But that it was the purposeful issuance of mortgages to minority homeowners by the Government Sponsored Entities (GSEs) Freddy Mac and Fannie Mae, spurred on by rapacious Democrats, not mendacious Republicans, currying for votes among the poor, brown and black.
Even the New York Times has recently joined the bandwagon, with a story today attributing the fall of Fannie Mae and Freddy Mac not just to pressure from mortgage originators like Countrywide, who threatened not to pass any more mortgage paper to the GSEs if the GSEs didn’t accept their crappy loans, not just to pressure from Fanny and Freddy’s shareholders, demanding higher returns.
But to Congress, particularly congressional Democrats, pressuring the GSEs to make more risky loans in order to get home ownership up, particularly among minorities.
The reality-based community
Only one little problem with the “we’re in the tank because Democrats pressured the GSEs to loan money to black people” thesis. And the problem is one of scale (not enough loans were issued, much less defaulted on, to minority/poor borrowers to bring the system down), of assignment (the GSEs, even under pressure, did not accept most risky loans), and of scale (Fannie Mae was losing its share of the mortgage underwriting market to Wall Street, coming down from a high of 44 percent in late 2002 to only a third today).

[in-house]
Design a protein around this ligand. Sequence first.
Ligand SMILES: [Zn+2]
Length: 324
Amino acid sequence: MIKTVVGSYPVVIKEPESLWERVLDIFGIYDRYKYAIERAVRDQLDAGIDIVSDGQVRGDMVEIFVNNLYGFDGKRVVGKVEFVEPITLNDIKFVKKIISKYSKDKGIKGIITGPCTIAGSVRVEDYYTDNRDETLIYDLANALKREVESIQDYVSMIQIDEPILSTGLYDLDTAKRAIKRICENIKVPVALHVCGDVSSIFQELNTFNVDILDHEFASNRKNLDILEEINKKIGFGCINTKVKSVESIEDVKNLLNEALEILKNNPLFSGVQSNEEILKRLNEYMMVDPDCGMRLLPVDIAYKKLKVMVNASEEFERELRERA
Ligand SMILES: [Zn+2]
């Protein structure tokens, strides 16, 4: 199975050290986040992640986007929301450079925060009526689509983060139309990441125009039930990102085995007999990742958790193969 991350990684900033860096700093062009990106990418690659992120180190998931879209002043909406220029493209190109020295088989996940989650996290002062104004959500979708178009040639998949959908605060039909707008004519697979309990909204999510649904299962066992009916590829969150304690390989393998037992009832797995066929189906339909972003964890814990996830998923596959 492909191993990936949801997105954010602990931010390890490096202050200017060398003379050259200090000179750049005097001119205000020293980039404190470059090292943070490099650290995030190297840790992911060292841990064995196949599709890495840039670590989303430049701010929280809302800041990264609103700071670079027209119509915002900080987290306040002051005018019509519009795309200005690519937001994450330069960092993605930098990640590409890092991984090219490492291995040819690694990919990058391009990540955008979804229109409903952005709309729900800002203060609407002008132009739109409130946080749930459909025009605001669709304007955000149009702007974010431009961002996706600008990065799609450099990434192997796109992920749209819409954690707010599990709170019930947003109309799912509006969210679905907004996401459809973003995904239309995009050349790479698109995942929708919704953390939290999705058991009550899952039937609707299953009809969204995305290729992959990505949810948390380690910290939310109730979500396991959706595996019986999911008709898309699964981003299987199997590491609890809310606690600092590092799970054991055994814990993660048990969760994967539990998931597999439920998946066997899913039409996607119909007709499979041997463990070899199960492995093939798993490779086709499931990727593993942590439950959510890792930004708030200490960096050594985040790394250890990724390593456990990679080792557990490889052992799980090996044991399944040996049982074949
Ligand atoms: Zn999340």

But, despite flimsy-to-no-evidence-supporting it (not even the New York Times would actually detail how much of the subprime loans actually went to minorities), the race-based explanation has traction.
Why? Because we have a failure to own. A failure in looking for everywhere to find the source of a problem, so long as that looking doesn’t involve a mirror.
Daily we are deluged with images of row upon rows of homes in foreclosure. Do those images depict street after street of inner-city tenement houses? No. They’re places like California’s Inland Empire, where half-million-dollar McMansions once sprouted like wildfire.
They’re places like beachfront Florida and the radiating suburban shockwaves around Phoenix, Atlanta and Sacramento where, in gated community after gated community, the most prominent feature after the algae-filled abandoned swimming pool, is the “foreclosure” sign.
But it’s so much easier to blame the mess on the invisible-and-out-of-sight. On the (nonexistent) welfare queen livin’ it up in her interest-only stick-built. It’s much more convenient to lay the blame not on the neighbor with the “McCain/Palin” yard sign and the Hummer in the garage with a “For Sale” sign, but on those bleedin’ heart liberals and their no-good shiftless constituents.
Because doing otherwise would mean an Ownership Society of purpose. It would mean something tangible, an equitable allocation of reward and punishment.
But ours is not a society of equality, ours is a society that rewards the privatizing of gain, and the socializing of pain -- particularly if that socialization can be done on the backs of those without a voice.
Change. It’s time.
Gregory Travis can be reached at firstname.lastname@example.org.